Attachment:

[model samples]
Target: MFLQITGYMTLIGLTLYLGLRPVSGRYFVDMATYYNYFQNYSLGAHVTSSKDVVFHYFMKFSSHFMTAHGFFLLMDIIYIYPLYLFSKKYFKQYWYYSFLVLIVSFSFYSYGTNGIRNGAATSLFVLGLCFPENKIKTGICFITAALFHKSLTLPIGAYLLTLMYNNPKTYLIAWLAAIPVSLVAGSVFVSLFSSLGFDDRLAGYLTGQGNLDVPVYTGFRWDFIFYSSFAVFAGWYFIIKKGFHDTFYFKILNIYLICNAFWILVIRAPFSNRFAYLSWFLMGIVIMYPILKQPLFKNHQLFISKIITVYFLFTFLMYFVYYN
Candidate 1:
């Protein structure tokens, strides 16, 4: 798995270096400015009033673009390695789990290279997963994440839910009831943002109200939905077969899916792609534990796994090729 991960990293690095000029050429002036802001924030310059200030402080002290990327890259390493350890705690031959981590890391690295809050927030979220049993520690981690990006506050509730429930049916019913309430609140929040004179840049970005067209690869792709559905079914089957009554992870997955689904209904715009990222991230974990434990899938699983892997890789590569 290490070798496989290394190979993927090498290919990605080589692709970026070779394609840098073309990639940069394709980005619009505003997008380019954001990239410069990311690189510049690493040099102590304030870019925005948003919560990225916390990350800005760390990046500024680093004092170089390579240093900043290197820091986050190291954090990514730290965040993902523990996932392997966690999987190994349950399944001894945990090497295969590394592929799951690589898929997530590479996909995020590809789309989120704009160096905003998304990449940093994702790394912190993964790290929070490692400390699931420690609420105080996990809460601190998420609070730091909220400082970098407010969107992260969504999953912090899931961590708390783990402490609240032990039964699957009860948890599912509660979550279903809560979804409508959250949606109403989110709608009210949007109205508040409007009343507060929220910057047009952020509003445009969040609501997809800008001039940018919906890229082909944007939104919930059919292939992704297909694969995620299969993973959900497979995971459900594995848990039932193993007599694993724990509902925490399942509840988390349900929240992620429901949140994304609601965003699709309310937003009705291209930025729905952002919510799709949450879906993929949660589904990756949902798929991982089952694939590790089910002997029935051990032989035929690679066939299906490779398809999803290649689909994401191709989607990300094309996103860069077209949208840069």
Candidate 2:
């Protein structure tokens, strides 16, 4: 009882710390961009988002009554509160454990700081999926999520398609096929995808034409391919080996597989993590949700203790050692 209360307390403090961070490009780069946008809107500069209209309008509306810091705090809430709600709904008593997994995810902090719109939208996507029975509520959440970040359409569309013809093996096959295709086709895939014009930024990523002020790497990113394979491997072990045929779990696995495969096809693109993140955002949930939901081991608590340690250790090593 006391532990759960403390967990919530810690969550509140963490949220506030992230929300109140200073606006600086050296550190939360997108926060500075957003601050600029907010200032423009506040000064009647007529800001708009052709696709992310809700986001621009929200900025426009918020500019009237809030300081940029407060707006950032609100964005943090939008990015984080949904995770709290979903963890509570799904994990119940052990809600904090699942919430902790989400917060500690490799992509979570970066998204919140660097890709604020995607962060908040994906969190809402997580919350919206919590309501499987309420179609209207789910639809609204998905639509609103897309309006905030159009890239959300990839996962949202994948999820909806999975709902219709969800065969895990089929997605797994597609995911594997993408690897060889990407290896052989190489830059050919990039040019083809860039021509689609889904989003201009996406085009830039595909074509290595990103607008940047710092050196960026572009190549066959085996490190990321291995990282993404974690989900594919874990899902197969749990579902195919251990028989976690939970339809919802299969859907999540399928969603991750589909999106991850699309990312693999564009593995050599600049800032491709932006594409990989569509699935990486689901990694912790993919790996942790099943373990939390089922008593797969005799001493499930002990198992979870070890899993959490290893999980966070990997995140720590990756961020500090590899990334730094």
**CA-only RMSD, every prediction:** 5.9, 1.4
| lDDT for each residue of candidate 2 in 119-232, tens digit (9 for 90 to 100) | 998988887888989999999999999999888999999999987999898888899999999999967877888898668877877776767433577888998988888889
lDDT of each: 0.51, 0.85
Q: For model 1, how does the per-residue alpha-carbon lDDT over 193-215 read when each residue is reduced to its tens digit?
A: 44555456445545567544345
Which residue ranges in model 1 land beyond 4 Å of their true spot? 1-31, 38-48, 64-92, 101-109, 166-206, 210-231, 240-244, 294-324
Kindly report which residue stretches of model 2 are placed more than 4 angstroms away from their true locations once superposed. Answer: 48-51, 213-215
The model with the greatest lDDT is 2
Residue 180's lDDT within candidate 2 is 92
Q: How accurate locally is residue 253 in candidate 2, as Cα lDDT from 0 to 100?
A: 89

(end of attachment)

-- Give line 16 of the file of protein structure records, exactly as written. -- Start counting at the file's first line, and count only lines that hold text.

Q: How accurate locally is residue 253 in candidate 2, as Cα lDDT from 0 to 100?